Long story short, we were soon babysitting the kids every Monday night while their mother went to visit her ex-boyfriend in jail. We’d feed them, keep them from hurting each other, and try to teach them some manners and control. In return, they would break our kids’ toys and throw epic, loud battles when it was time for them to go home.
Once school started, the thankless babysitting gig got to be too much for us, so she stopped asking after we said no once (I think one of our kids was legitimately sick). It was honestly something of a relief, although it made us all sad that the kids were stuck getting screamed at all the time.
Anyway, over Christmas vacation, I got a text from her out of the clear blue sky asking if we could watch the kids for two consecutive days from 8-5:30.
I said no.
No reply, no “Thanks anyway”, no “Thank you for all the times you did watch them”, nothing.
The other situation involved a guy that wanders around neighborhoods asking to do odd jobs for cash. I was petrified of him, but Jeff would hire him to mow the lawn or something. It got to the point where he was doing bigger jobs, but he was also coming over ALL THE TIME trying to find jobs to do so we’d pay him.
It got out of control when he was injured in an accident, and we felt bad for him and fronted him money that we couldn’t afford to front. He then came and did the agreed-upon work, but he wanted to be paid for it. It got very ugly, and he spent a lot of time begging Jeff to hire him again.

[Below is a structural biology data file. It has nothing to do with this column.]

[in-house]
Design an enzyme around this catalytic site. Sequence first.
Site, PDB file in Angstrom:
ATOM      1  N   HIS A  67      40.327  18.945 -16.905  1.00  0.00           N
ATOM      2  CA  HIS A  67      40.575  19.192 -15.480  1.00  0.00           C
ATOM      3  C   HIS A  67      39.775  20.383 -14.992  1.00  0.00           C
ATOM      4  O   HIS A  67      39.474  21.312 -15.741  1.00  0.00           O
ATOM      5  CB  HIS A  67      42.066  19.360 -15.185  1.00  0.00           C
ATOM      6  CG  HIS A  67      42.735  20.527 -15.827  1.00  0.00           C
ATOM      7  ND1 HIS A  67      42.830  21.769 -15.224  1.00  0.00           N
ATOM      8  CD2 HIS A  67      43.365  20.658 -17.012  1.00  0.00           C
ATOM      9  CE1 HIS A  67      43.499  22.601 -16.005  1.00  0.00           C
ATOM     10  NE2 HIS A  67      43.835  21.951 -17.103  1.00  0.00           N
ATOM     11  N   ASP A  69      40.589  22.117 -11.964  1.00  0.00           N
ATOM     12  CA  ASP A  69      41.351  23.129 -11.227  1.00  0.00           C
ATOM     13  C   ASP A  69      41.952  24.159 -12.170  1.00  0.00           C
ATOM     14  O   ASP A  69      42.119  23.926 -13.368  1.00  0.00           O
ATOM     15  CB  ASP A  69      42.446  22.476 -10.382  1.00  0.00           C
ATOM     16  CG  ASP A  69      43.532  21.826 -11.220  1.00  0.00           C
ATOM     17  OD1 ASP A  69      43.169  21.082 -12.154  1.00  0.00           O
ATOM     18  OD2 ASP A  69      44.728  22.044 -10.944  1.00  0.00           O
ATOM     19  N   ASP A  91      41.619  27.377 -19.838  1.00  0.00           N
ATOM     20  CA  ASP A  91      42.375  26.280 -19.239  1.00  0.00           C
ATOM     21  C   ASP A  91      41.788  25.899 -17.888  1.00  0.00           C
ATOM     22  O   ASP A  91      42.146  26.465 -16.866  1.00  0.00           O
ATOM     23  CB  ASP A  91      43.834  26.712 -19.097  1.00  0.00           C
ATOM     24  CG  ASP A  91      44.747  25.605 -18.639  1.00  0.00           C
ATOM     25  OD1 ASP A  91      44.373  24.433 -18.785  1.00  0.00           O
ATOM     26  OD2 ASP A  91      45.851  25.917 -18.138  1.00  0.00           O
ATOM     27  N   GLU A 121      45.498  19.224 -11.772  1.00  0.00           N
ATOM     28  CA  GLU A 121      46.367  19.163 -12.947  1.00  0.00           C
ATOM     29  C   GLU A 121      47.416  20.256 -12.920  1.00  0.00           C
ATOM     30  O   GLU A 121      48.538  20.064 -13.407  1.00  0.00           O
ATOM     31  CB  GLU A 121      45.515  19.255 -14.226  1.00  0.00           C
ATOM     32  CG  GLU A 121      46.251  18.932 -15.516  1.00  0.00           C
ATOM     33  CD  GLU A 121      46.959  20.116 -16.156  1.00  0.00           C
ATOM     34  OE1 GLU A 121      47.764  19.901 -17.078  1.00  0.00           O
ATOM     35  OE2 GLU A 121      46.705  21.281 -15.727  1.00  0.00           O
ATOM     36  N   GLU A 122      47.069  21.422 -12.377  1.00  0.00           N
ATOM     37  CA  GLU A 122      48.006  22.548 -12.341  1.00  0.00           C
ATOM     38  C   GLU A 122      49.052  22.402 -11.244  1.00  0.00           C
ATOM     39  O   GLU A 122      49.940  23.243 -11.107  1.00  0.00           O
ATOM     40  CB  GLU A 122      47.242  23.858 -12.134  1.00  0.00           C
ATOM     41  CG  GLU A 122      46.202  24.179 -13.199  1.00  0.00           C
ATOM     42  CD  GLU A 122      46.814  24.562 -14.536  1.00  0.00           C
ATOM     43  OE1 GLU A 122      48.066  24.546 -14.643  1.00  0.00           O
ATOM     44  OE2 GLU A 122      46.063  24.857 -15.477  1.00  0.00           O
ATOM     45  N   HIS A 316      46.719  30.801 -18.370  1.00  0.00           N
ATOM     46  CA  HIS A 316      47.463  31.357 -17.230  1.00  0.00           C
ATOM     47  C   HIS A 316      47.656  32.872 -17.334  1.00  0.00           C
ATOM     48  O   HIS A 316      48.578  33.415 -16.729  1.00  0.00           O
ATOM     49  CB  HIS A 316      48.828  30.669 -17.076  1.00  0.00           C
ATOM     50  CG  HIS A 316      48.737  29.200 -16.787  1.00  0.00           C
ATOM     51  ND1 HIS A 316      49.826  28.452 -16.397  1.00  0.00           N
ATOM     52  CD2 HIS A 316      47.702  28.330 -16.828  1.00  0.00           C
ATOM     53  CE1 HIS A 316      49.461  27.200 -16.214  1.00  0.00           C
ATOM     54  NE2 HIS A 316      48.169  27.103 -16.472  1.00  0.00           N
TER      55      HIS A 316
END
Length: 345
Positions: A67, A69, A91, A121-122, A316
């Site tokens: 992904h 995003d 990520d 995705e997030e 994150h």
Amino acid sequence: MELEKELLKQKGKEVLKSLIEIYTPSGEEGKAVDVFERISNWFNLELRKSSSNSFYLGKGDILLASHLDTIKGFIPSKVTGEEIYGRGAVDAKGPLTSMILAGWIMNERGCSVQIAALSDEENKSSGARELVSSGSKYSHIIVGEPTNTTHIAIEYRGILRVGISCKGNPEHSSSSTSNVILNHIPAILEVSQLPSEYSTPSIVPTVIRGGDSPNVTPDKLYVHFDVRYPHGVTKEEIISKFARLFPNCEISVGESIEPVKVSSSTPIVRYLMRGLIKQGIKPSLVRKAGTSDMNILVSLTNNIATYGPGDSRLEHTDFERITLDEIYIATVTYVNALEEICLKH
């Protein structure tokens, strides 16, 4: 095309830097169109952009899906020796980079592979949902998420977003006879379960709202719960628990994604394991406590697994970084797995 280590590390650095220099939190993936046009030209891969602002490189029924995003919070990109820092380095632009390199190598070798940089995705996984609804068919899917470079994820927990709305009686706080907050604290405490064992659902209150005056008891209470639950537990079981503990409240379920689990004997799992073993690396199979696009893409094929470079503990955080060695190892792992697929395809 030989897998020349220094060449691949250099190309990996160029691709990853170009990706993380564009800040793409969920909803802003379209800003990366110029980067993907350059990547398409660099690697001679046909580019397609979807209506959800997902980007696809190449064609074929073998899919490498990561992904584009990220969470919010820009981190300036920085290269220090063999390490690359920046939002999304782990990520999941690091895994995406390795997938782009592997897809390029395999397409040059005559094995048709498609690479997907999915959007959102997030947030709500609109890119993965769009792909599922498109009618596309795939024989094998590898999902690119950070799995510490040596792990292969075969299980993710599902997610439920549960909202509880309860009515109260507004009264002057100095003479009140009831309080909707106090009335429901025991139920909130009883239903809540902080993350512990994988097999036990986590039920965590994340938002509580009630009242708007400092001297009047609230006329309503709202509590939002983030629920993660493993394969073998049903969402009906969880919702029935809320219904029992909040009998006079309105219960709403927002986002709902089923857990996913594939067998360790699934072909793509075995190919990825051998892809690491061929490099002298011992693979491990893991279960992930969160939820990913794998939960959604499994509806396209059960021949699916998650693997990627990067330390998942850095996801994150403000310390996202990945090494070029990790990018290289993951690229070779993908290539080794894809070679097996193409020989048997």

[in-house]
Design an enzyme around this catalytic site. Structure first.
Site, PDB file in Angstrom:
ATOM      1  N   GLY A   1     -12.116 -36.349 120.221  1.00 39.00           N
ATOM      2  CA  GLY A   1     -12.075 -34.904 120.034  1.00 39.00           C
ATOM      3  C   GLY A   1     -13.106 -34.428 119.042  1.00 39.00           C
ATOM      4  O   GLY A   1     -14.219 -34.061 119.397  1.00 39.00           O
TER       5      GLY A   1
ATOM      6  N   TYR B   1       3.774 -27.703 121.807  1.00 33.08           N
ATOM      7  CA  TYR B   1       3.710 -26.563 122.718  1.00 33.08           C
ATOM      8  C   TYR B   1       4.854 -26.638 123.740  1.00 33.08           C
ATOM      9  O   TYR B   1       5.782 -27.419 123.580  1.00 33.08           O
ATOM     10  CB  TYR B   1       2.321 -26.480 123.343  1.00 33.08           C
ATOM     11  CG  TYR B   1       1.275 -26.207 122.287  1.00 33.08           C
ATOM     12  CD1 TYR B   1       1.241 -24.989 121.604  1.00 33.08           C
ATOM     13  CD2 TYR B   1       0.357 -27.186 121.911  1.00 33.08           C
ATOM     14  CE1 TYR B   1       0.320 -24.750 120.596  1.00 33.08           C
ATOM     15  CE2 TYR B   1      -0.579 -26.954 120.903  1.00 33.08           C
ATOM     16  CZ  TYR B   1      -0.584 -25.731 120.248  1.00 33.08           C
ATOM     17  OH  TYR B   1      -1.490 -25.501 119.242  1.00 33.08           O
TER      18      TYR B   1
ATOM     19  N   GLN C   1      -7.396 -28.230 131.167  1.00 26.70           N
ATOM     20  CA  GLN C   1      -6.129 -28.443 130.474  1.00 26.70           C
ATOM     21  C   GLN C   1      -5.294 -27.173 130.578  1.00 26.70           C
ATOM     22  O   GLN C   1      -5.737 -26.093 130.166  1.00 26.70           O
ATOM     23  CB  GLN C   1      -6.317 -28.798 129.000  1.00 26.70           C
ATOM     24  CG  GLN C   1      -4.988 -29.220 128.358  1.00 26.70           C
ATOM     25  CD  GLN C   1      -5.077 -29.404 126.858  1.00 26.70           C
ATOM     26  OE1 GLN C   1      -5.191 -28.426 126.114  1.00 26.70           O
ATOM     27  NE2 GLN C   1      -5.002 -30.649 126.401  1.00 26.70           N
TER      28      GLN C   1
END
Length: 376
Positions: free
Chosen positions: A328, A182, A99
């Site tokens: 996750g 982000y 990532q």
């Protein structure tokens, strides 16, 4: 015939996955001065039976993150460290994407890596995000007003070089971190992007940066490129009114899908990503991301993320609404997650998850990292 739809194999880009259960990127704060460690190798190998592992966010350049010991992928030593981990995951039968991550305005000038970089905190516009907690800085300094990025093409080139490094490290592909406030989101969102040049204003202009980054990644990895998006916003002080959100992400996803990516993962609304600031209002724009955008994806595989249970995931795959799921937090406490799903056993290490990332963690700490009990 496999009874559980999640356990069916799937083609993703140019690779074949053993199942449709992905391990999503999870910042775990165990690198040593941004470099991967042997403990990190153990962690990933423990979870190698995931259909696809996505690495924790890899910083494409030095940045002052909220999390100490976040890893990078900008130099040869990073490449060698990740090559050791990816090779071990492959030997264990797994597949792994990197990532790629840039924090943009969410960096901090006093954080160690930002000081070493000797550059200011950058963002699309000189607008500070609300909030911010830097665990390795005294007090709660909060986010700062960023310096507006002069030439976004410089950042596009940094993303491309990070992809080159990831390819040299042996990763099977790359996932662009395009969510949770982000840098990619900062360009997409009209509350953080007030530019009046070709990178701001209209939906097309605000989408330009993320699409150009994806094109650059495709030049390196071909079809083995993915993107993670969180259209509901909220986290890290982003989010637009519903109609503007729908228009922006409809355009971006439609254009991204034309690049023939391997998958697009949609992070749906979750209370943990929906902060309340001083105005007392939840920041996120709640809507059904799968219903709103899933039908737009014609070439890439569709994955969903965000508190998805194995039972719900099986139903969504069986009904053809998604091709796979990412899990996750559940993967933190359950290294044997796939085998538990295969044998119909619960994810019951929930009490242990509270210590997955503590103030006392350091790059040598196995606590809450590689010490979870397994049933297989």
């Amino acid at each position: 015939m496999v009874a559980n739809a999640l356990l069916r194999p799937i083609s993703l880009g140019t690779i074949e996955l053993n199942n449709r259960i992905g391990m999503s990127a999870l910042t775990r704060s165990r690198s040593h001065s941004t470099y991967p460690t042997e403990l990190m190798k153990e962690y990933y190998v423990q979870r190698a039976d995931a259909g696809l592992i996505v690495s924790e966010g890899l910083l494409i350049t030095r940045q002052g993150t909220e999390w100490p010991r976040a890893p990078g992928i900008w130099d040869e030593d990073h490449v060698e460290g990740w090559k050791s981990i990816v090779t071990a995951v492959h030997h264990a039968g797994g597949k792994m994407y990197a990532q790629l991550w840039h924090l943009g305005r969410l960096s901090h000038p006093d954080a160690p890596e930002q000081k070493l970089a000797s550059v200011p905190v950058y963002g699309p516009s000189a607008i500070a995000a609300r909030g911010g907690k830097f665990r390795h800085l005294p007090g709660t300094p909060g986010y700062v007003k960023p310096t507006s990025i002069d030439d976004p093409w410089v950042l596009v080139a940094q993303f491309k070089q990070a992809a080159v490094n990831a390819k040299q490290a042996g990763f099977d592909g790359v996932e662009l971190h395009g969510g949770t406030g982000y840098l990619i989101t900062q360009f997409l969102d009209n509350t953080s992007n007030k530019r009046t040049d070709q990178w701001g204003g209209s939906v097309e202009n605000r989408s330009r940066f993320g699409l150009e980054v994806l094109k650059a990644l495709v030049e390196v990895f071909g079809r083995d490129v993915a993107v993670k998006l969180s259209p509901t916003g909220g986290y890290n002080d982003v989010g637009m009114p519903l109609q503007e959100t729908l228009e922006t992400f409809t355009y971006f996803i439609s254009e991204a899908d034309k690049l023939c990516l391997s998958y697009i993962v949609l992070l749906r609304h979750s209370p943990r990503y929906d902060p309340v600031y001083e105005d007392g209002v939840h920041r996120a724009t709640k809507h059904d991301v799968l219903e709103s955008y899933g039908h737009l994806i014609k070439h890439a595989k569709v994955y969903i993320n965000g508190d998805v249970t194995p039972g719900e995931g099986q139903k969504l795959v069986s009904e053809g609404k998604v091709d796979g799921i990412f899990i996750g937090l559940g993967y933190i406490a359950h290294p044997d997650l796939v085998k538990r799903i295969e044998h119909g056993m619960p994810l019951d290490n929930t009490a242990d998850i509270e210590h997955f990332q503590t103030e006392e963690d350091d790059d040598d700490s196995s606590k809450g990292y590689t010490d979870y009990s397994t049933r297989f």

He said no.
So even bleeding heart liberals have a breaking point, I guess. Being taken advantage of and used isn’t pleasant …
However, I would rather live a hundred scenarios like these then not try at all. You see, I know that the few times mine hand has gotten burned for reaching out and trying to help, memorable and painful as they are, is both a warning and an affirmation.
I could stop trying to help people in need. Yeah, those people going on and on about the Syrian refugees when we have people in need of help right here–I don’t see them stepping up. I did, and I’m not sorry. If my fatal flaw is a desire to help others, then so be it.
I would rather help other people genuinely and at their level of need than sit around looking down at them.
It was easy to look down on the screaming and incompetent mother, the would-be handyman who we suspect fell off the opiate wagon after being put on painkillers following his accident. I’m not proud; I looked down on both of them, both before and when I was trying to help them. This is not something I’m proud of, but I’m being completely honest here.
I take pride in being a good person, one who helps others in times of need, but there is a part of me that knows that pride is dark and ugly and perhaps influences how some situations end up. Who knows?
My students got talking about King’s quote vis a vis being a good and “loving” person and driving out the darkness through that, but they also recognized (and vocalized) that we are all a balance of good and bad.
I can tell you from personal experience, some dark will not allow any late, no matter how brightly you may shine; some people will never allow love to replace hate. It’s just the nature of the human beast.
I have always tried to help, particularly the downtrodden, and I will continue to do so no matter the cost.
If that makes me a bleeding heart liberal, so be it.
I am a work in progress, and I will never stop trying.